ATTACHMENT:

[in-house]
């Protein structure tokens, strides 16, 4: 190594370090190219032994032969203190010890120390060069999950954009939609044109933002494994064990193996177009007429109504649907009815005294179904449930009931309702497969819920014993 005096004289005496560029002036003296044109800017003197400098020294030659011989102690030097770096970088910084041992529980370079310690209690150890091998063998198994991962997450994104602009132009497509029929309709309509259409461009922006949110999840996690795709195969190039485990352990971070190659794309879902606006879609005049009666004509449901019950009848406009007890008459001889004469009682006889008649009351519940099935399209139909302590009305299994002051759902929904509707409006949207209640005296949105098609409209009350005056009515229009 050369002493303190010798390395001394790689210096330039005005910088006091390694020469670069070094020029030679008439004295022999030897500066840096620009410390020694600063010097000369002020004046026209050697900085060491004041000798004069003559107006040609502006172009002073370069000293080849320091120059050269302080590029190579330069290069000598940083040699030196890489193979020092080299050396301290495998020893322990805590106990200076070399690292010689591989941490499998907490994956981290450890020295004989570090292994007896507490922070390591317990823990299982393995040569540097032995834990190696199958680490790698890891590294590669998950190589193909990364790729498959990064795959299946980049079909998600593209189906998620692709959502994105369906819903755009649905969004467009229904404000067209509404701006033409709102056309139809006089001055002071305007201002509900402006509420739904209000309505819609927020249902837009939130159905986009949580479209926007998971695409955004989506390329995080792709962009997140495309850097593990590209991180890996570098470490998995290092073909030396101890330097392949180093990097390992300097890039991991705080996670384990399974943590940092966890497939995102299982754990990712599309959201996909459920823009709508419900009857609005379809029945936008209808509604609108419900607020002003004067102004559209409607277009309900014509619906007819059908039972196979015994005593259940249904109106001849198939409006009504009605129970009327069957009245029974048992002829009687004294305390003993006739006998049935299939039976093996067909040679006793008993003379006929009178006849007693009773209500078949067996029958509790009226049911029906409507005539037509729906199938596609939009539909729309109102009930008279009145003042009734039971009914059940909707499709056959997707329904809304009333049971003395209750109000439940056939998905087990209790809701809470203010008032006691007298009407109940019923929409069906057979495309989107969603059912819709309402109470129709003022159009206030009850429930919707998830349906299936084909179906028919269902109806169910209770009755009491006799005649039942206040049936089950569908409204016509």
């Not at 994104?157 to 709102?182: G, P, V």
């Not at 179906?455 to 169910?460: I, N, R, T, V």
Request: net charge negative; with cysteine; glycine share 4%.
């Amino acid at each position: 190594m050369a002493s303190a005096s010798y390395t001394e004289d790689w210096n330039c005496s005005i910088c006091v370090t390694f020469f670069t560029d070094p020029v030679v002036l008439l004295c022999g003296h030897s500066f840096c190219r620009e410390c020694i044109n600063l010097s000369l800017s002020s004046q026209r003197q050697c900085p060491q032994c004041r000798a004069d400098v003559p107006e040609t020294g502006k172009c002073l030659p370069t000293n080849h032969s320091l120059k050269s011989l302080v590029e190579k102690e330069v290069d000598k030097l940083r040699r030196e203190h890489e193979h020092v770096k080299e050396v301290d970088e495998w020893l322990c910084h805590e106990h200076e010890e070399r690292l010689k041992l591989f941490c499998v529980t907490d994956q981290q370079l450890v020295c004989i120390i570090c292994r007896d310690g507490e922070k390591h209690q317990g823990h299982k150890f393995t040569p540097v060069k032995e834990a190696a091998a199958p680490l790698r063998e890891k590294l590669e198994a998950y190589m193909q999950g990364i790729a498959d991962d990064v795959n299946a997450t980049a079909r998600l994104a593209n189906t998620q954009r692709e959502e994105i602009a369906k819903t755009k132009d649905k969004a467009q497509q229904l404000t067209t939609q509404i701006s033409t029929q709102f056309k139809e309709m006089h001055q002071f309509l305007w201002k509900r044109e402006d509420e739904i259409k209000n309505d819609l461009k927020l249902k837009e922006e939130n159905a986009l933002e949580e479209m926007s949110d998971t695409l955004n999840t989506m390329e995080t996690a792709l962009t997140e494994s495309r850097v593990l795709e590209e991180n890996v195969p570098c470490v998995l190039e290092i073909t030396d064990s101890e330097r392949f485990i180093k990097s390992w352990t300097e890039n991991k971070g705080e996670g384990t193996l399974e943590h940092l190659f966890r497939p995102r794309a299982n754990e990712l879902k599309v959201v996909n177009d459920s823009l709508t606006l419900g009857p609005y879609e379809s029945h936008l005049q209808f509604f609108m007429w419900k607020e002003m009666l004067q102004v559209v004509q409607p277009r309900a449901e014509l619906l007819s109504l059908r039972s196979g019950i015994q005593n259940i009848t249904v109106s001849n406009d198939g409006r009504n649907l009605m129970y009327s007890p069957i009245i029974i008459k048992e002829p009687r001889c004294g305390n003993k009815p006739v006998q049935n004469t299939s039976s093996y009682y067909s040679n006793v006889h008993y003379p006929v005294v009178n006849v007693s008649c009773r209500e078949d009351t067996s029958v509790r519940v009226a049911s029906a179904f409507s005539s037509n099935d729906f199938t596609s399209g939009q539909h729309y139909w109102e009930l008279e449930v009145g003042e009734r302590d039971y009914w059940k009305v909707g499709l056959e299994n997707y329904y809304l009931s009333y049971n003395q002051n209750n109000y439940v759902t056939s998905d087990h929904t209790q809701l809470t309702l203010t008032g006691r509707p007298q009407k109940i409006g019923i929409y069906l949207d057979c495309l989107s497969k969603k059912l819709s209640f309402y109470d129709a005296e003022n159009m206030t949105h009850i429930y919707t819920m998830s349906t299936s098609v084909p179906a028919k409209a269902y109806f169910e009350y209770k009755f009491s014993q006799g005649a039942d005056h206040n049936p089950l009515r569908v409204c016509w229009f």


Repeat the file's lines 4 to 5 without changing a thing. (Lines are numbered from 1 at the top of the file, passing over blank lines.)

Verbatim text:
């Not at 179906?455 to 169910?460: I, N, R, T, V």
Request: net charge negative; with cysteine; glycine share 4%.